Which computer-use behaviours are most indicative of cognitive decline? Insights from an expert reference groupCitation formats

  • External authors:
  • Gemma Stringer
  • Ann Gledson
  • Davide Bruno
  • Kathryn Mcdonald
  • Jonathan Rust
  • Jennifer Thompson

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Which computer-use behaviours are most indicative of cognitive decline? Insights from an expert reference group. / Couth, Samuel; Stringer, Gemma; Leroi, Iracema; Sutcliffe, Alistair; Gledson, Ann; Bruno, Davide; Mcdonald, Kathryn; Montaldi, Daniela; Poliakoff, Ellen; Rust, Jonathan; Thompson, Jennifer; Brown, Laura J.E.

In: Health Informatics Journal, 2017.

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Author

Couth, Samuel ; Stringer, Gemma ; Leroi, Iracema ; Sutcliffe, Alistair ; Gledson, Ann ; Bruno, Davide ; Mcdonald, Kathryn ; Montaldi, Daniela ; Poliakoff, Ellen ; Rust, Jonathan ; Thompson, Jennifer ; Brown, Laura J.E. / Which computer-use behaviours are most indicative of cognitive decline? Insights from an expert reference group. In: Health Informatics Journal. 2017.

Bibtex

@article{042652ceca204b2f8b5487902567854e,
title = "Which computer-use behaviours are most indicative of cognitive decline? Insights from an expert reference group",
abstract = "Computer use is becoming ubiquitous among older adults. As computer use depends on complex cognitive functions, measuring individuals’ computer-use behaviours over time may provide a way to detect changes in their cognitive functioning. However, it is uncertain which computer-use behaviour changes are most likely to be associated with declines of particular cognitive functions. To address this, we convened six experts from clinical and cognitive neurosciences to take part in two workshops and a follow-up survey to gain consensus on which computer-use behaviours would likely be the strongest indicators of cognitive decline. This resulted in a list of 21 computer-use behaviours that the majority of experts agreed would offer a ‘strong indication’ of decline in a specific cognitive function, across Memory, Executive function, Language and Perception and Action domains. This list enables a hypothesis-driven approach to analysing computer-use behaviours predicted to be markers of cognitive decline.",
keywords = "Dementia, Cognitive decline, Computer-use activities, Expert opinion",
author = "Samuel Couth and Gemma Stringer and Iracema Leroi and Alistair Sutcliffe and Ann Gledson and Davide Bruno and Kathryn Mcdonald and Daniela Montaldi and Ellen Poliakoff and Jonathan Rust and Jennifer Thompson and Brown, {Laura J.E.}",
year = "2017",
doi = "10.1177/1460458217739342",
language = "English",
journal = "Health Informatics Journal",
issn = "1460-4582",
publisher = "Sage Publications Ltd.",

}

RIS

TY - JOUR

T1 - Which computer-use behaviours are most indicative of cognitive decline? Insights from an expert reference group

AU - Couth, Samuel

AU - Stringer, Gemma

AU - Leroi, Iracema

AU - Sutcliffe, Alistair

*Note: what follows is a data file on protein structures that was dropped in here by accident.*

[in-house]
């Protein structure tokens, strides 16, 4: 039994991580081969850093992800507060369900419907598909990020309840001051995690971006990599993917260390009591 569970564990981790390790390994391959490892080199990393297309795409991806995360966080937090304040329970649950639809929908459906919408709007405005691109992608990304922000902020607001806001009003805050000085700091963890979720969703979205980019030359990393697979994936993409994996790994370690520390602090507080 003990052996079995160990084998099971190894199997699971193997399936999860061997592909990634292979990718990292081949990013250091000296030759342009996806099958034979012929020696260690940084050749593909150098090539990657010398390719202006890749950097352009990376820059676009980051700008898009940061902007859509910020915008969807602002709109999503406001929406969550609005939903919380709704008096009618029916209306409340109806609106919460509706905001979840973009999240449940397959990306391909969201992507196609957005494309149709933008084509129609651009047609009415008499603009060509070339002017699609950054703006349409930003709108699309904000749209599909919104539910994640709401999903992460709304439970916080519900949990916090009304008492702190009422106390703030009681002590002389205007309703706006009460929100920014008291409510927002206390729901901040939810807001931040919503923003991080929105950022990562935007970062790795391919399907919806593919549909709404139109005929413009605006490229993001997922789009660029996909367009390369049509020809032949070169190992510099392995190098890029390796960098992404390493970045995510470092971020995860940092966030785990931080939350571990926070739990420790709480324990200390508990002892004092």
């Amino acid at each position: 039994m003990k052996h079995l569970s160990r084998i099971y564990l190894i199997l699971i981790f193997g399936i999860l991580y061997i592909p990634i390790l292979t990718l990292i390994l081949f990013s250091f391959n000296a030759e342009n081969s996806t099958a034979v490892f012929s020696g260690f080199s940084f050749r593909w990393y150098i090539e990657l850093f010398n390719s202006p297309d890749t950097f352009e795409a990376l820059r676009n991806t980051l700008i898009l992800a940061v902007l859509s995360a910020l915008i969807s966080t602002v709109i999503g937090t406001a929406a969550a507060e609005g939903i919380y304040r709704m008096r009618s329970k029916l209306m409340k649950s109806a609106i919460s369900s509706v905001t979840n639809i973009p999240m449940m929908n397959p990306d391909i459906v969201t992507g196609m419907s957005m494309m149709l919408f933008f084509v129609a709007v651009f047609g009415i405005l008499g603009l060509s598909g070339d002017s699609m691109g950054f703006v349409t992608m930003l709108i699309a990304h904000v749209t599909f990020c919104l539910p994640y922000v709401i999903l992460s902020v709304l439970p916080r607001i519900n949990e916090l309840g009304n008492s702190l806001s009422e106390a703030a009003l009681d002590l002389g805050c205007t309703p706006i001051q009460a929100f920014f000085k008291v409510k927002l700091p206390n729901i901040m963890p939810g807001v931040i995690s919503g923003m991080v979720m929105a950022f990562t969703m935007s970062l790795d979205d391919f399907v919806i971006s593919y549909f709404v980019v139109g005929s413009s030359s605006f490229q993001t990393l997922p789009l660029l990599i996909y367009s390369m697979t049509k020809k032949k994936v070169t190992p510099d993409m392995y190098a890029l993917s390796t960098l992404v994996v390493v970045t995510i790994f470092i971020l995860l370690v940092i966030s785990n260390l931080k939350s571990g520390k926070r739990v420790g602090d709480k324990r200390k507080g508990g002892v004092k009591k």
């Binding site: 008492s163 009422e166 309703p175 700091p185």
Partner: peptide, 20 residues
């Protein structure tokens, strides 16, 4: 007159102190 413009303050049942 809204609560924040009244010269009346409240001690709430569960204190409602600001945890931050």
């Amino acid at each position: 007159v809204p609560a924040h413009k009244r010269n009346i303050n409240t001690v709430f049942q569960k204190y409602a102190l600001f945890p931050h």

AU - Gledson, Ann

AU - Bruno, Davide

AU - Mcdonald, Kathryn

AU - Montaldi, Daniela

AU - Poliakoff, Ellen

AU - Rust, Jonathan

AU - Thompson, Jennifer

AU - Brown, Laura J.E.

PY - 2017

Y1 - 2017

N2 - Computer use is becoming ubiquitous among older adults. As computer use depends on complex cognitive functions, measuring individuals’ computer-use behaviours over time may provide a way to detect changes in their cognitive functioning. However, it is uncertain which computer-use behaviour changes are most likely to be associated with declines of particular cognitive functions. To address this, we convened six experts from clinical and cognitive neurosciences to take part in two workshops and a follow-up survey to gain consensus on which computer-use behaviours would likely be the strongest indicators of cognitive decline. This resulted in a list of 21 computer-use behaviours that the majority of experts agreed would offer a ‘strong indication’ of decline in a specific cognitive function, across Memory, Executive function, Language and Perception and Action domains. This list enables a hypothesis-driven approach to analysing computer-use behaviours predicted to be markers of cognitive decline.

AB - Computer use is becoming ubiquitous among older adults. As computer use depends on complex cognitive functions, measuring individuals’ computer-use behaviours over time may provide a way to detect changes in their cognitive functioning. However, it is uncertain which computer-use behaviour changes are most likely to be associated with declines of particular cognitive functions. To address this, we convened six experts from clinical and cognitive neurosciences to take part in two workshops and a follow-up survey to gain consensus on which computer-use behaviours would likely be the strongest indicators of cognitive decline. This resulted in a list of 21 computer-use behaviours that the majority of experts agreed would offer a ‘strong indication’ of decline in a specific cognitive function, across Memory, Executive function, Language and Perception and Action domains. This list enables a hypothesis-driven approach to analysing computer-use behaviours predicted to be markers of cognitive decline.

KW - Dementia

KW - Cognitive decline

KW - Computer-use activities

KW - Expert opinion

U2 - 10.1177/1460458217739342

DO - 10.1177/1460458217739342

M3 - Article

JO - Health Informatics Journal

T2 - Health Informatics Journal

JF - Health Informatics Journal

SN - 1460-4582

ER -